How the Light Meter Functions

When a camera is pointed at a scene, you will need to measure the incoming light to know the quality and how you need to alter your camera’s settings. That way, you will be able to ensure that your photo comes out just the way you wanted.

Most modern cameras use TTL Metering. This simply means through-the-lens metering. The camera examines the light passing through the lens and assesses the brightness at the scene. The camera can then adjust settings to ensure you get the exposure you wanted. You may not even notice the light meter working unless you are shooting in manual mode.

How to See the Light Meter in Manual Mode

When you place your camera in manual mode, check for a series of vertical lines or dots at the bottom of the viewfinder.

Getting the Exposure You Want

With your camera set to manual, check the bottom of the viewfinder. Look at the scale that has zero in the middle. When the scale is at zero, it means the photo is at just the right exposure. However, as you begin to change the aperture, shutter speed, and ISO, the scale will begin to shift up or down the line. You can then expect a picture that is too light or too dark.

Where Does the Camera Check to Determine Light Measurements?

You will need to understand how the light meter works to get accurate settings. Does it check all incoming light or just a small section of it? To understand this, you will need to understand something known as the metering modes.

How Cameras Measure the Light

Most cameras use these basic methods to measure incoming light:

Evaluative/Matrix Metering
The camera checks the entire scene and produces an average figure.

Center Weighted Metering
This method also takes an average of all incoming light. However, it lays emphasis on the light coming from the center of a frame.

Partial Metering
It only samples a small portion at the center of the lens.

Spot Metering
Measures light in an extremely small spot around the central autofocus point, which takes about 3% of the entire frame.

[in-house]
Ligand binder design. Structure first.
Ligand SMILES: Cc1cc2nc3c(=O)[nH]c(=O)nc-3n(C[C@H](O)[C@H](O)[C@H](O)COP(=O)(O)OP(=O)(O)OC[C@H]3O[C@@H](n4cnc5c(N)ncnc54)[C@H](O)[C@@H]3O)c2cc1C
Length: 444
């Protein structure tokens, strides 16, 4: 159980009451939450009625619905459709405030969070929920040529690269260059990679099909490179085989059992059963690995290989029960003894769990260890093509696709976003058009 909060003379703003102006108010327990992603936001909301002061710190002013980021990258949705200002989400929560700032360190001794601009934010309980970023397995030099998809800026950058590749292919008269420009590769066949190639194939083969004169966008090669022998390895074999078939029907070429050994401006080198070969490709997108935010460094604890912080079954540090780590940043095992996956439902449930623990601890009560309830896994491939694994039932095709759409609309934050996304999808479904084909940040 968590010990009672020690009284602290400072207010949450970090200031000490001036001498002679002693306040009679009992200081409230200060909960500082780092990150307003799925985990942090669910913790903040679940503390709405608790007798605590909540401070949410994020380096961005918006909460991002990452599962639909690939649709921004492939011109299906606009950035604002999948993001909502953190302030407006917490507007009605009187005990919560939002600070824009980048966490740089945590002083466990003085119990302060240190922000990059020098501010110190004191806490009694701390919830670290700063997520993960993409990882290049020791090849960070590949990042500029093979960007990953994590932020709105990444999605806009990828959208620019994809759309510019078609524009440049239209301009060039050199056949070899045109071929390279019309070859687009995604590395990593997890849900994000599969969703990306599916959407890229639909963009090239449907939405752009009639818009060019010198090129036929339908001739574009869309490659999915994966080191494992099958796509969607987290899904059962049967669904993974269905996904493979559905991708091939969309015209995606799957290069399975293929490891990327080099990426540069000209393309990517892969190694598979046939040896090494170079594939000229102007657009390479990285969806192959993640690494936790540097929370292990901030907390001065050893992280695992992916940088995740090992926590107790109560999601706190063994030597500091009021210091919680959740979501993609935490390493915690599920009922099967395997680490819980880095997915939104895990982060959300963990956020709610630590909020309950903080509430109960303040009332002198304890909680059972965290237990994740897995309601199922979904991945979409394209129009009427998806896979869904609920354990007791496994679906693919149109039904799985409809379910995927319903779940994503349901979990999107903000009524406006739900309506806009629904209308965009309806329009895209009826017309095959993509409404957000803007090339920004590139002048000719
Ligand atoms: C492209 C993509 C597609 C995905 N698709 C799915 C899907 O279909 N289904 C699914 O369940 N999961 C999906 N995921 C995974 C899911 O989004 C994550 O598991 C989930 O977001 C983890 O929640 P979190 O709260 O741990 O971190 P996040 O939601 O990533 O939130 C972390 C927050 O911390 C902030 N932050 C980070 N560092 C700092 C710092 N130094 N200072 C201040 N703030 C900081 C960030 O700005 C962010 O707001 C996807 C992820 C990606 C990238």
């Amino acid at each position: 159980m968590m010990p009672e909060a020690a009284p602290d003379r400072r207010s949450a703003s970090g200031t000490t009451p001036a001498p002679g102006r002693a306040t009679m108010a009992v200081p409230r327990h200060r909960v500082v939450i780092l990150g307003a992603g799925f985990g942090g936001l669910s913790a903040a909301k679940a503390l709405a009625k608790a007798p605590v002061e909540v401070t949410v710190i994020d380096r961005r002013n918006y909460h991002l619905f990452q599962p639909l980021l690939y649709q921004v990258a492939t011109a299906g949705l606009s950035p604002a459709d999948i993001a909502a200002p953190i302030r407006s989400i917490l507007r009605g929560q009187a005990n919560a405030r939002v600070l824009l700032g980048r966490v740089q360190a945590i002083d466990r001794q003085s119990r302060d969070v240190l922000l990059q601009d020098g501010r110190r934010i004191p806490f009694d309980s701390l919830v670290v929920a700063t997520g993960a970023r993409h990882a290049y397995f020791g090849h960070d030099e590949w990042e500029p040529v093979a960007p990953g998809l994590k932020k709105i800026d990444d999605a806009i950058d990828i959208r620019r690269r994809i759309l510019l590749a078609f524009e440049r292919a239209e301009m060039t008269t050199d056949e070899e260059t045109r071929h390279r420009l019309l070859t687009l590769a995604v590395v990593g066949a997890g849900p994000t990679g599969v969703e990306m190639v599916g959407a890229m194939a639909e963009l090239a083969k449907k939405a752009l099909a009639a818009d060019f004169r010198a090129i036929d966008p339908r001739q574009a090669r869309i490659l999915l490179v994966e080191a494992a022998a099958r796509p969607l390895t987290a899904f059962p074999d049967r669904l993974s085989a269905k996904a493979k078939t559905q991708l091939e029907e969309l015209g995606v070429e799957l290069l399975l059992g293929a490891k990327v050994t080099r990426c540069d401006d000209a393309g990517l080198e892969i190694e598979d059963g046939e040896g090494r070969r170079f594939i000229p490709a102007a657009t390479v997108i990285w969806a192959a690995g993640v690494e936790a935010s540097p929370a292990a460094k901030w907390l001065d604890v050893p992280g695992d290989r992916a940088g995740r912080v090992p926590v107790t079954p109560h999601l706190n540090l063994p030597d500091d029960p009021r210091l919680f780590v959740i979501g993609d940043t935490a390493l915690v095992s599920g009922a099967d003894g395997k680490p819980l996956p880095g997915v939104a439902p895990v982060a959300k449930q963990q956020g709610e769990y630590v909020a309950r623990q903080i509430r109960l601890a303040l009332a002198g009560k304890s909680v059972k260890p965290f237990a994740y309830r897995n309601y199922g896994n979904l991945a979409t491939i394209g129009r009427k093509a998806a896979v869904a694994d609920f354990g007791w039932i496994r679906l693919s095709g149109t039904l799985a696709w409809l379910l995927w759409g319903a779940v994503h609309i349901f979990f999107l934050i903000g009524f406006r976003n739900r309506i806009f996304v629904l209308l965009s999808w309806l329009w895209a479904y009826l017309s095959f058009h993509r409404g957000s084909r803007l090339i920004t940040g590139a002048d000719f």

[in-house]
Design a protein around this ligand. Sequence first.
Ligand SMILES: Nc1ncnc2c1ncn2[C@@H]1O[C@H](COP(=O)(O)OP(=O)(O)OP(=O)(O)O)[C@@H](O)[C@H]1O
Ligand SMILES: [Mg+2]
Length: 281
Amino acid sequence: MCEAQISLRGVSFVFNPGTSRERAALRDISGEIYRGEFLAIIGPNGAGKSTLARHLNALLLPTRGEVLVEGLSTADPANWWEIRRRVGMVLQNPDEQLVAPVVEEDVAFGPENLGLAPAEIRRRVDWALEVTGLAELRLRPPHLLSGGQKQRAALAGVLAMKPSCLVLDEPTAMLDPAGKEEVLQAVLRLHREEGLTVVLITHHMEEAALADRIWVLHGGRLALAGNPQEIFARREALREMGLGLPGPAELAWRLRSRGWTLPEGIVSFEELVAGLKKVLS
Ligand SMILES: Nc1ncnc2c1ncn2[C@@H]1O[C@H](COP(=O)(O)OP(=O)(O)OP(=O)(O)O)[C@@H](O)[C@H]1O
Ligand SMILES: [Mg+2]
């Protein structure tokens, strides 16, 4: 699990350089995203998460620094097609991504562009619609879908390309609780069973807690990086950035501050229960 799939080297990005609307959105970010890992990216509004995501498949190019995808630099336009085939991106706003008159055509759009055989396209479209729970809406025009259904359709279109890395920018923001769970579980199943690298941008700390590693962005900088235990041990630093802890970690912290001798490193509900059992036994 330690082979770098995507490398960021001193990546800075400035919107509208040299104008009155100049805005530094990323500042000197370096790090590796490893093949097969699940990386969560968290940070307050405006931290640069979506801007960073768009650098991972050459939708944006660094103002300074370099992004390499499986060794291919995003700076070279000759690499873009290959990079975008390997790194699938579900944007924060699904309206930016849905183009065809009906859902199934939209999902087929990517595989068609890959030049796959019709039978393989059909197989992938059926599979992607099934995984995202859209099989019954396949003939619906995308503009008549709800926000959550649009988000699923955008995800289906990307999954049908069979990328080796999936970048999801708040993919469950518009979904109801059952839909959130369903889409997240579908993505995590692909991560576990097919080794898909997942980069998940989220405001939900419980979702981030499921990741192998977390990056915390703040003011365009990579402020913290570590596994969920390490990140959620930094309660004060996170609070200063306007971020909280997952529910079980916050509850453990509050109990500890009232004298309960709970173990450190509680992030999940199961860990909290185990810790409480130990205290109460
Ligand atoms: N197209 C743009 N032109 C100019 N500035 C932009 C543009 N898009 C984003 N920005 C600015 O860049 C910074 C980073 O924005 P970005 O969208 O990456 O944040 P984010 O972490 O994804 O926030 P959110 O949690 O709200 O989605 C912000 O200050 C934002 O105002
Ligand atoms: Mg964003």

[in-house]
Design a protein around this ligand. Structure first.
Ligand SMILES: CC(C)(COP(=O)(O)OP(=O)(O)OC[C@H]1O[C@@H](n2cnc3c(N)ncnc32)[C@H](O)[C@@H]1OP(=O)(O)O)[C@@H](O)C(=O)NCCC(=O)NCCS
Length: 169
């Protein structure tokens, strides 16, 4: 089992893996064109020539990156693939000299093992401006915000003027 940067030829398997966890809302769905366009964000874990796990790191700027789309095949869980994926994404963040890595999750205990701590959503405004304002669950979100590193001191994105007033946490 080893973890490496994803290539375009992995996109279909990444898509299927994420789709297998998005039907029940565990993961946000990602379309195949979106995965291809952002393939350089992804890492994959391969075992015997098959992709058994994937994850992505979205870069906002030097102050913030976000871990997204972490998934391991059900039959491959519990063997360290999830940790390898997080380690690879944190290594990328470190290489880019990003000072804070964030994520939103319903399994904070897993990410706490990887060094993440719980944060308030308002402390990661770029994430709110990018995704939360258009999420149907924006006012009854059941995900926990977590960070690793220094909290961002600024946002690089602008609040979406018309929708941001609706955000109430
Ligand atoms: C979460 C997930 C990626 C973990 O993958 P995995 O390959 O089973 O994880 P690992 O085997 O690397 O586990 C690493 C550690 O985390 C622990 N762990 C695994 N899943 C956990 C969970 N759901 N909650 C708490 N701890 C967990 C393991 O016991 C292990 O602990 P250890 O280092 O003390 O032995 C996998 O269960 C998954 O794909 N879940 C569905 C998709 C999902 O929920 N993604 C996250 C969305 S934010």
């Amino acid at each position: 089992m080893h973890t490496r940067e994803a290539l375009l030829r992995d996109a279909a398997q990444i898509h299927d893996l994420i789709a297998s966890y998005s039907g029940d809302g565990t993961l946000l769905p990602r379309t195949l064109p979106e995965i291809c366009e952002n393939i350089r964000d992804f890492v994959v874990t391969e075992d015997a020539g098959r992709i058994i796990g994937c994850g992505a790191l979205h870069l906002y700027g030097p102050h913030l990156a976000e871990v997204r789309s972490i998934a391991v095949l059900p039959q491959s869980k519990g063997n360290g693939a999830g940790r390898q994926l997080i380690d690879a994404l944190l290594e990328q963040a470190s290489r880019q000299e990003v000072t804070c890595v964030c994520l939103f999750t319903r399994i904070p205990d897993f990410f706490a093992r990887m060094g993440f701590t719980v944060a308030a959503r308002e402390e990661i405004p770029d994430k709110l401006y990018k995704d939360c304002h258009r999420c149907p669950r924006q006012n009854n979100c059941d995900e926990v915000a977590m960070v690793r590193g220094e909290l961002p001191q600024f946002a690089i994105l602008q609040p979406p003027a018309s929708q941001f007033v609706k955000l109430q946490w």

There are many other names used to describe these modes. However, they all work in the same way. The way your camera will measure light has a major effect on getting photos that are properly exposed.

Incident versus Incident Metering
This is another aspect of light metering, which you need to understand if you want to get properly exposed photos.

Reflective Metering
This type of metering measures the amount of light coming in through the lens. However, unless, the camera is coming from the source, it is being bounced off the subject first. The colors we see in the world result from all other colors being absorbed. When a camera measures light, it will essentially be looking at the light bouncing off the subject. This can have a major effect on exposure.

For instance, if the subject changes from light clothing to dark clothing, the camera will make a different reading. The camera will think that it requires more exposure to get an accurate reading. The result is that the whole image will be overexposed.

Incident Metering
This can be quite troubling when shooting images at a wedding. Grooms wear dark clothes while brides wear a dazzling white dress. This can throw the TTL metering into disarray. The solution for this problem is to utilize an external light meter. It will help to measure the light that is falling on the subject.

The handheld light meter is especially important when flashes are being used. It allows you to tell how much extra light needs to be accounted for at the scene.

Light Metering in Summary
The goal is to understand how the light meter on your camera works. By doing that, you are able to tell how you need to alter exposure to get the shot you desire. Understanding light metering modes can help you makes the shots that you desire. None of these methods is worse or better. Each has its weaknesses and strengths. It is just a matter of having the right knowledge and making the right adjustments.